"Cyberverse" Episode 1 "Fractured: Part 1" Cartoon Review
Title: "Fractured: Part 1"
Air Date: August 27, 2018 (via Cartoon Network's web site and app)
Official Synopsis: Windblade discovers Bumblebee in the desert on his own.
"Cyberverse" represents a whole new storyline that takes inspiration from previous continuities but stands on its own (read: it is not a continuation of "Robots in Disguise" or "Rescue Bots"). Appropriately the episode begins with us meeting this universe's Bumblebee who is out for a joyride on Earth. When he tried to make a particularly wide canyon jump, he is distracted by the image of Windblade and misses the other side!
This introduction is a good one as it shows us this Bumblebee takes some qualities from previous incarnations (most notably the one from "Prime"). He is brave but perhaps a bit immature and willing to take risks. It also gives us a good sense of the animation style, which looks similar in tone to shows like "Rescue Bots" and "My Little Pony". The designs are clean, the movements are slick and I like the bright color palette.
Bumblebee lucks out as Windblade catches him and help him get back on solid ground. She is relived to see him and starts to ask questions - which he cannot answer. When he asks her why she is on Earth, we see a flashback to Cybertron showing Optimus Prime leaving on The Ark to find the Allspark. Eventually, the Decepticons followed, believing the Allspark is on Earth! Windblade followed hoping to beat the Decepticons to the Allspark. In a flashback, we see Perceptor activating the Space Bridge to send Windblade to Earth, but the Space Bridge malfunctioned shortly after so it was a one way trip.
The flashbacks to Cybertron are my favorite part of this episode. It is the part with the most "G1" inspired elements including the design of The Ark and the need for the Autobots to chase a MacGuffin in space (in the G1 cartoon it was finding energy, here it is the Allspark). A lot is said very quickly, but it is also interesting to note that in this continuity (like so many others) it sounds like the Decepticons were winning the war on Cybertron before they left. IDW Publishing comic book fans will be pleased at the inclusion of a targeting monocle over one of Perceptor's eyes.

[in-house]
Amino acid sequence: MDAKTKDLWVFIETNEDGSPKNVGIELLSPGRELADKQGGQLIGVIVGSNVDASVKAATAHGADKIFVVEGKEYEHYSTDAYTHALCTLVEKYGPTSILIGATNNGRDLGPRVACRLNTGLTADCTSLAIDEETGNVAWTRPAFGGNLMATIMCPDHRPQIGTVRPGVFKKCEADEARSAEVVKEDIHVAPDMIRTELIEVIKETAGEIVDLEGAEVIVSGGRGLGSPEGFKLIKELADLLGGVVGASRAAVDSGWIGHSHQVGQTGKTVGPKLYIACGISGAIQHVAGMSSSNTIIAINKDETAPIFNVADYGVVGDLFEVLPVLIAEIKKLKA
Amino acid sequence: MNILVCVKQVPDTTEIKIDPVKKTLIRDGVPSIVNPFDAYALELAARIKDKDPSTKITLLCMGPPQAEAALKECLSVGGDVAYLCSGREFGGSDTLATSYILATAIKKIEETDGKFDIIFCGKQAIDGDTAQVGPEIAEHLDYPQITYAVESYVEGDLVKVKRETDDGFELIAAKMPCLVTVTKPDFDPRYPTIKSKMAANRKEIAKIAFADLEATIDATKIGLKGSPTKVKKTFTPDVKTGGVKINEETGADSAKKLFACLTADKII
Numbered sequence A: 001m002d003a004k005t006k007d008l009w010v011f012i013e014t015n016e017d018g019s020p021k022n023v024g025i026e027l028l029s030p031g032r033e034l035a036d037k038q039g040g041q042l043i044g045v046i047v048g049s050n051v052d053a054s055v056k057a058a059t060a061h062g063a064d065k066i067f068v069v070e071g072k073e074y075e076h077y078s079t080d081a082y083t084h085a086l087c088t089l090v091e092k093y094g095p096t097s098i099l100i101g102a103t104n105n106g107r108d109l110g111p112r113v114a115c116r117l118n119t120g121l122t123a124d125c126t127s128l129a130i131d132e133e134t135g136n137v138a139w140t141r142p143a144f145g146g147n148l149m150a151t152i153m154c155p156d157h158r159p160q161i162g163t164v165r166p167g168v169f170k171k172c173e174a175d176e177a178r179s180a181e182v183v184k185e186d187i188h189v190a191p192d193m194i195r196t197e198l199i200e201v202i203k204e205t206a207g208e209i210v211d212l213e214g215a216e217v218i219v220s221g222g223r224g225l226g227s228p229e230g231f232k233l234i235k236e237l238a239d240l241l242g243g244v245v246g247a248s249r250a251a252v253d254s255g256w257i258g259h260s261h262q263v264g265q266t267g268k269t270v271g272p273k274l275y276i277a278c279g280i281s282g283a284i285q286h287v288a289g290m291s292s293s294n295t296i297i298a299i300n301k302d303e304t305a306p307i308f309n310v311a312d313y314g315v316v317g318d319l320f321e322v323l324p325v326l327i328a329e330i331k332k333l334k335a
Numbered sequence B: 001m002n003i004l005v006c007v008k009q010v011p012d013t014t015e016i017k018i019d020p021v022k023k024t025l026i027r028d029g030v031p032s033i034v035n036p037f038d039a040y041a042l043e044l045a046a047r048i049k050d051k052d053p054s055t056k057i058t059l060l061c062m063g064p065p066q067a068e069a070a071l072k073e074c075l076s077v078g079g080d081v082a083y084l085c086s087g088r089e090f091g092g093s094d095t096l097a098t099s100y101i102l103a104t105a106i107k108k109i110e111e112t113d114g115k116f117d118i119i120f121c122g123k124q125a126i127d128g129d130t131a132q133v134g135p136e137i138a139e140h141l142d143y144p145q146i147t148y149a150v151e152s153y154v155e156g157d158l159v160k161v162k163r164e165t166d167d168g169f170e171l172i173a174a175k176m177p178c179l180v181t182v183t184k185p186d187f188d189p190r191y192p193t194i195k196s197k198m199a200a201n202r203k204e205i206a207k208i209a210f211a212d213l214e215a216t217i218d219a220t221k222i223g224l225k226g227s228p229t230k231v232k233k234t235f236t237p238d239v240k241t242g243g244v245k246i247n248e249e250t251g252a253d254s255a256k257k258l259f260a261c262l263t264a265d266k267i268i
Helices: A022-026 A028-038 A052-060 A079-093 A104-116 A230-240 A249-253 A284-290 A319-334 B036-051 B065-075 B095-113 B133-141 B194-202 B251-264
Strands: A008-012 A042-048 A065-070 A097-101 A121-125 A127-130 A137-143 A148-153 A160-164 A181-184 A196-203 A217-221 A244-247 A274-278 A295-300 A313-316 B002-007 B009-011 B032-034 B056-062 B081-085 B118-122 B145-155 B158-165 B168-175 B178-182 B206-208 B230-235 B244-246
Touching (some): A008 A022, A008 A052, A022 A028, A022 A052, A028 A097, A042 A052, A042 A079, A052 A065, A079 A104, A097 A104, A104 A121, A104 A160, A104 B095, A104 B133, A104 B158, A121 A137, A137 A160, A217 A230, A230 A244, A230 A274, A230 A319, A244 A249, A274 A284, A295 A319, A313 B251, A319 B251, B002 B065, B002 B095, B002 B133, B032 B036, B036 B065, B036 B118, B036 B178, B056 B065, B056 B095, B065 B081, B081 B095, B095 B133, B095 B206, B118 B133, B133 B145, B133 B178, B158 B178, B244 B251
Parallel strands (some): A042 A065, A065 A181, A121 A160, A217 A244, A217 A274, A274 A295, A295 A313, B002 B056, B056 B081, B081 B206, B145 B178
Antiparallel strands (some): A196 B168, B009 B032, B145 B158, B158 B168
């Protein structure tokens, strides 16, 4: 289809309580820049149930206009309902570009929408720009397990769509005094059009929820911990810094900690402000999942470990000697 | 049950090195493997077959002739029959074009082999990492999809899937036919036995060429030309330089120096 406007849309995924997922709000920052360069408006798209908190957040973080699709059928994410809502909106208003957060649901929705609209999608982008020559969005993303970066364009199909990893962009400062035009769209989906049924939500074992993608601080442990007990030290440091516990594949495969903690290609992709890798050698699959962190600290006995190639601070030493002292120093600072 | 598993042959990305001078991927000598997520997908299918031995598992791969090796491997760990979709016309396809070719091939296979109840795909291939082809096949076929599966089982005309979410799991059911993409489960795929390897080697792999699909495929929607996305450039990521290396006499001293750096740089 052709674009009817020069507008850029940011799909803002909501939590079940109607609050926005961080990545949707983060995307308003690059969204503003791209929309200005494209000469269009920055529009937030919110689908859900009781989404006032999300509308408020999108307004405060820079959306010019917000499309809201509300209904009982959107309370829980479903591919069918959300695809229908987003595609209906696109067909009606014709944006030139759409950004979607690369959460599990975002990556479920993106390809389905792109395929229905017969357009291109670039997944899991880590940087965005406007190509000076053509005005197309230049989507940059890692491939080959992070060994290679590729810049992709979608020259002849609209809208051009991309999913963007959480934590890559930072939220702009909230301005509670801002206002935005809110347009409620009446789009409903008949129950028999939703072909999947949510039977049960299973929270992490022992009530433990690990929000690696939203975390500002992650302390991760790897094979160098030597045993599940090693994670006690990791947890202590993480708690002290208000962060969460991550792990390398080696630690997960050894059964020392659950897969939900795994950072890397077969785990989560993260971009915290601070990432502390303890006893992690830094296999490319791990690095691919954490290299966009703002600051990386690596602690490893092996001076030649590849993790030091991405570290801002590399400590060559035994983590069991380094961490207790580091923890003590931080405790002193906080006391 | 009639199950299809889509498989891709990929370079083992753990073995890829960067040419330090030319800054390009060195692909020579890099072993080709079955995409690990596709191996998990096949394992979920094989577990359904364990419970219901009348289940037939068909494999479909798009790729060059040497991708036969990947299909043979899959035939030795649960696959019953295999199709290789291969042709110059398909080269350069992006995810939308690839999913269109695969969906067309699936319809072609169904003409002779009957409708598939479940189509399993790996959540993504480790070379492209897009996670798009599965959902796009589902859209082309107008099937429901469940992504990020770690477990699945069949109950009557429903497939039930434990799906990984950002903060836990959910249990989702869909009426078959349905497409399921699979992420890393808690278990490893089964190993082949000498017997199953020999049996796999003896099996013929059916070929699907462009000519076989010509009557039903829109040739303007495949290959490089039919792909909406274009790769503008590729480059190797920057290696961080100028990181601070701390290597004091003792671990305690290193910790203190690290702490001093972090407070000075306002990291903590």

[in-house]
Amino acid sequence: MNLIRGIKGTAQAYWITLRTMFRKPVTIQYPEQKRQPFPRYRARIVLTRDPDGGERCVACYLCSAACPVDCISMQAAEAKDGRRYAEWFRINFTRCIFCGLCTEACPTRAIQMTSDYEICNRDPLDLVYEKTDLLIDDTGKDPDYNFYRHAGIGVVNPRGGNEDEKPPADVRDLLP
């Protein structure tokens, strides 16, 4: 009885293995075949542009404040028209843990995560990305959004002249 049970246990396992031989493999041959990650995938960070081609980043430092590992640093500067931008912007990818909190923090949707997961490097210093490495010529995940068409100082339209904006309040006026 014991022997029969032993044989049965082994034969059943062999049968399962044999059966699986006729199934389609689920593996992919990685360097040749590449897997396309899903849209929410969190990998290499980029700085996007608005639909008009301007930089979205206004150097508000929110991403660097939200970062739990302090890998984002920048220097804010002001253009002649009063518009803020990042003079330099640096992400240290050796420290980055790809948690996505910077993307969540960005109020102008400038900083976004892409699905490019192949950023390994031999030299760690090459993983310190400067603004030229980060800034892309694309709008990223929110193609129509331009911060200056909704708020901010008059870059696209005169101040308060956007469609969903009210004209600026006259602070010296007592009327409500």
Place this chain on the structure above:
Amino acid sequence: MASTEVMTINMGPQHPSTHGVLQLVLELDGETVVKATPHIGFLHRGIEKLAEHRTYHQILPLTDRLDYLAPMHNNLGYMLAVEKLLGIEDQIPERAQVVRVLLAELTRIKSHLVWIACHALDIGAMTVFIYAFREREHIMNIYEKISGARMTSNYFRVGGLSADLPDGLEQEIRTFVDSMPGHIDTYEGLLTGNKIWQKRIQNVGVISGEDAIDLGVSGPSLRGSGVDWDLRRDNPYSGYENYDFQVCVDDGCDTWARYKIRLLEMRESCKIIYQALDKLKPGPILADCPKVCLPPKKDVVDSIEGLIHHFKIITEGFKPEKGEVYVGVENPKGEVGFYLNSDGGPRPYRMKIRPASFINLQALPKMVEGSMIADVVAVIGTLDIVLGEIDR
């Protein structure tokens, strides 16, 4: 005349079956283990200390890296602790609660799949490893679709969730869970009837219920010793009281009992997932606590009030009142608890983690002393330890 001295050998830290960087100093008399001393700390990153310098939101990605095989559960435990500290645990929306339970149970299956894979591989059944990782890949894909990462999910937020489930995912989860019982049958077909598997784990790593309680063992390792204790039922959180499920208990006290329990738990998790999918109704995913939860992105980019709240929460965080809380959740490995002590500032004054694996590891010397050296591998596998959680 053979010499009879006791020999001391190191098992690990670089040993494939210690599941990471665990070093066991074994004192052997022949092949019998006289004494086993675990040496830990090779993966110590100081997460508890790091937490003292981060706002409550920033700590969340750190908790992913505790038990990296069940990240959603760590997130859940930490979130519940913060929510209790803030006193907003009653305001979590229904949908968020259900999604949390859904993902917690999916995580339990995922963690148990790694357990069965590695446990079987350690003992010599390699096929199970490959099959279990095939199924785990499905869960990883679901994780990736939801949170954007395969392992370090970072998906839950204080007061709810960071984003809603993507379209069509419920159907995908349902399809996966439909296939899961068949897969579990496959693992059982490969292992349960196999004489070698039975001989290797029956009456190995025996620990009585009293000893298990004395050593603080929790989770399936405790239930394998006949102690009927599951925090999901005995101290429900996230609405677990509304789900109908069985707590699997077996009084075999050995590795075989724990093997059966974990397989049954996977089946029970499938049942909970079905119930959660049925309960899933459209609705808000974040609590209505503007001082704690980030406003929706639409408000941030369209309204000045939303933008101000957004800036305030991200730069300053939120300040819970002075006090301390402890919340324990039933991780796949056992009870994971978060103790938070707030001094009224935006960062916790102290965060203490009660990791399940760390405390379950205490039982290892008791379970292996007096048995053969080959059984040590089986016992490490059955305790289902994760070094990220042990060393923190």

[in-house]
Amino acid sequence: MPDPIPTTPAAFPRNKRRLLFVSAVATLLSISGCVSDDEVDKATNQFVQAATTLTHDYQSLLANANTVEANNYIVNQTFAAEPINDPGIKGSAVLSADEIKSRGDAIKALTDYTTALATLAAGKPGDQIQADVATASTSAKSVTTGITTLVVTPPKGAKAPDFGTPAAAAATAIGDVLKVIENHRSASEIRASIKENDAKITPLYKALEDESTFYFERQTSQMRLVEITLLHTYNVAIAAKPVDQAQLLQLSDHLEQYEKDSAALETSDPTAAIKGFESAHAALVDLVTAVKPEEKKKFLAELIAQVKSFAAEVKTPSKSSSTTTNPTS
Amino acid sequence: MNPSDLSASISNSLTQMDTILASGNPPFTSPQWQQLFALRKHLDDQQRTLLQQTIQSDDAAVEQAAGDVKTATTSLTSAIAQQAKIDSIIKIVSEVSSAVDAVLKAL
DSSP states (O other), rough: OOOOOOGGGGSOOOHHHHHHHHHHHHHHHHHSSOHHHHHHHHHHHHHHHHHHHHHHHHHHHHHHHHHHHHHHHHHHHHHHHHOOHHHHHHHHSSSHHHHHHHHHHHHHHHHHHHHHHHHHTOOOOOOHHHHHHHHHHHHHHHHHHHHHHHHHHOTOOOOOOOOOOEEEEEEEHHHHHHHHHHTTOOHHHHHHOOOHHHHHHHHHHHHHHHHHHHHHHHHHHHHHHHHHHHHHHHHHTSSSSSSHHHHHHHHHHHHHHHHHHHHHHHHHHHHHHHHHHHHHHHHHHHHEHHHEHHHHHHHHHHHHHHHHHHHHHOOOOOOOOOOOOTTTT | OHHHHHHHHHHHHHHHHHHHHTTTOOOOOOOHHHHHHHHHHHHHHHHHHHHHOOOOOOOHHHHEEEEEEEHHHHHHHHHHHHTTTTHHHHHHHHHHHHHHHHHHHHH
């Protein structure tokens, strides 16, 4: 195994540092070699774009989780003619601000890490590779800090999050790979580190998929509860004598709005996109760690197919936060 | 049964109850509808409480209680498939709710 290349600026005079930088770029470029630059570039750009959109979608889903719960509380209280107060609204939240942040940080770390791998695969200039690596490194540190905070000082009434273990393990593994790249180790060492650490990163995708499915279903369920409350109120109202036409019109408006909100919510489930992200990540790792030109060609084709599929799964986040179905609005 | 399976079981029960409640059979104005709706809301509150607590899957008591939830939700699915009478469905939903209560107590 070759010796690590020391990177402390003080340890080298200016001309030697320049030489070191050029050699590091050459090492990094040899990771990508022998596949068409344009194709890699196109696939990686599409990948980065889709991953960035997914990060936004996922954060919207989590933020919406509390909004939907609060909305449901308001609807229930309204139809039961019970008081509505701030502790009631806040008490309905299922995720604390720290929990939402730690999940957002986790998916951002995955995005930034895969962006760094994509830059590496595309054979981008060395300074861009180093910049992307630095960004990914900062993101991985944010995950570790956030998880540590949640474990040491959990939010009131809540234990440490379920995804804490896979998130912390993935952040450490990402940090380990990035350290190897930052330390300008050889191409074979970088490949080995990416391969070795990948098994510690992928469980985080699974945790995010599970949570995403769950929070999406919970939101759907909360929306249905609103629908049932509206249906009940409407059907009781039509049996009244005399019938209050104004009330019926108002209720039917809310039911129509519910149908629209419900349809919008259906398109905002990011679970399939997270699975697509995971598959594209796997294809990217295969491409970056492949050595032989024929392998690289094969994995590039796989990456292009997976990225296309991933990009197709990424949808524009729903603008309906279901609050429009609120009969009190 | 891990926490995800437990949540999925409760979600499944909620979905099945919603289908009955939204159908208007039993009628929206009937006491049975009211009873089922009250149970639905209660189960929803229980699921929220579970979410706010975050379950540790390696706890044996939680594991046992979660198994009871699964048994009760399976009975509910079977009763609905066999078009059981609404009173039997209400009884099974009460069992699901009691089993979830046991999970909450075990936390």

As Windblade and Bumblebee continue to converse, it quickly becomes apparent that something is wrong with Bumblebee. He cannot speak (even though Windblade remembers Ratchet fixing his voice box) and he does not remember details such as Windblade's name or where the other Autobots are. Unfortunately, before they can continue their conversation Thundercracker swoops in and sends Windblade crashing to the ground with a kick!
This part is perhaps where the divide between older and younger fans appreciating this show will come in. If you come into this show with a blank slate, or perhaps mainly experiencing the Transformers entertainment brand through the live action movies, the "Bumblebee talking through TV and radio clips" shtick will seem perfectly normal.
However, long time fans remember a Bumblebee that had no such issue, then a Bumblebee in the films who eventually got his voice back (only to have it forgotten for some reason, something this cartoon nods to) and they also remember "Transformers Prime" where Bumblebee went through an entire arc of having a damaged voice box and then eventually talking (most notably in 2015's "Robots in Disguise"). Having seen this aspect of the character play out in two different continuities makes this seem repetitive.
My primary concern is not so much the "method" of communication for Bumblebee (which I confess, is kind of played out at this point in my view) but more his behavior. I can understand memories such as who Windblade is being damaged, but his behavior seems odd. I speculate the writers are trying to show us that without some of his memories, he has reverted to a somewhat immature state, but this is not 100% clear either way. Has this Bumblebee always been like this? Is he just acting like a hyperactive, immature Autobot because of his memory issues? It is a tough call so early in the game.
This part of the episode gives us a good amount of back and forth dialogue between Bumblebee and Windblade. Jeremy Levy is trying his best, playing radio and TV clips with all the enthusiasm he can muster. Sophia Isabella is good as Windblade who winds up going between happy to befuddled during the course of the episode.
Overall, this episode is a fun start to the show. Coming in at a little over five minutes long, this show is definitely geared towards a modern audience that is used to absorbing entertainment in short chunks rather than a long narrative. Personally I had to watch this a few times and clear my mind of expectations before I was able to enjoy it. How much you enjoy it will largely depend on how much fiction "baggage" you carry over from previous Transformers shows and movies.
Continue on to read my review of Episode 2!